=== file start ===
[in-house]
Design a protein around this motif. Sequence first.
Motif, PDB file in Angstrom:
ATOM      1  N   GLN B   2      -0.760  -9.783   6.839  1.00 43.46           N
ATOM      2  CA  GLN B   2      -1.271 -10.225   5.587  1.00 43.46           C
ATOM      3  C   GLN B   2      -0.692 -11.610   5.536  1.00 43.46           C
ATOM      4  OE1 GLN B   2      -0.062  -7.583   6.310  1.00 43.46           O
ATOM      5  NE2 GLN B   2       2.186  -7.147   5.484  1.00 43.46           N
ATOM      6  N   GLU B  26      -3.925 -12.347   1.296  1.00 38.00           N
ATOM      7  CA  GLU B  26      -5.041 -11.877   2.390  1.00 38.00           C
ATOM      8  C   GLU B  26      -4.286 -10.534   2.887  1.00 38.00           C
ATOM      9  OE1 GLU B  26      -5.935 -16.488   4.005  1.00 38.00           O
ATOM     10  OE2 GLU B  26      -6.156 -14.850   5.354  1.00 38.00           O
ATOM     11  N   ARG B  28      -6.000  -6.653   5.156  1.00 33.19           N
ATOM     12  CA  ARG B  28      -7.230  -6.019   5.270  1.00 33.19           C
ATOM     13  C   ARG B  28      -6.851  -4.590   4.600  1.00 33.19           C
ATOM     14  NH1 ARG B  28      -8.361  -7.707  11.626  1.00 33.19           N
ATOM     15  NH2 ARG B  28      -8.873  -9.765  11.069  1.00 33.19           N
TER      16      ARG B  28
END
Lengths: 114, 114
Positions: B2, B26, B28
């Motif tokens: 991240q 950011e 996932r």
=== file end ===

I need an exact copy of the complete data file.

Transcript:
[in-house]
Design a protein around this motif. Sequence first.
Motif, PDB file in Angstrom:
ATOM      1  N   GLN B   2      -0.760  -9.783   6.839  1.00 43.46           N
ATOM      2  CA  GLN B   2      -1.271 -10.225   5.587  1.00 43.46           C
ATOM      3  C   GLN B   2      -0.692 -11.610   5.536  1.00 43.46           C
ATOM      4  OE1 GLN B   2      -0.062  -7.583   6.310  1.00 43.46           O
ATOM      5  NE2 GLN B   2       2.186  -7.147   5.484  1.00 43.46           N
ATOM      6  N   GLU B  26      -3.925 -12.347   1.296  1.00 38.00           N
ATOM      7  CA  GLU B  26      -5.041 -11.877   2.390  1.00 38.00           C
ATOM      8  C   GLU B  26      -4.286 -10.534   2.887  1.00 38.00           C
ATOM      9  OE1 GLU B  26      -5.935 -16.488   4.005  1.00 38.00           O
ATOM     10  OE2 GLU B  26      -6.156 -14.850   5.354  1.00 38.00           O
ATOM     11  N   ARG B  28      -6.000  -6.653   5.156  1.00 33.19           N
ATOM     12  CA  ARG B  28      -7.230  -6.019   5.270  1.00 33.19           C
ATOM     13  C   ARG B  28      -6.851  -4.590   4.600  1.00 33.19           C
ATOM     14  NH1 ARG B  28      -8.361  -7.707  11.626  1.00 33.19           N
ATOM     15  NH2 ARG B  28      -8.873  -9.765  11.069  1.00 33.19           N
TER      16      ARG B  28
END
Lengths: 114, 114
Positions: B2, B26, B28
């Motif tokens: 991240q 950011e 996932r």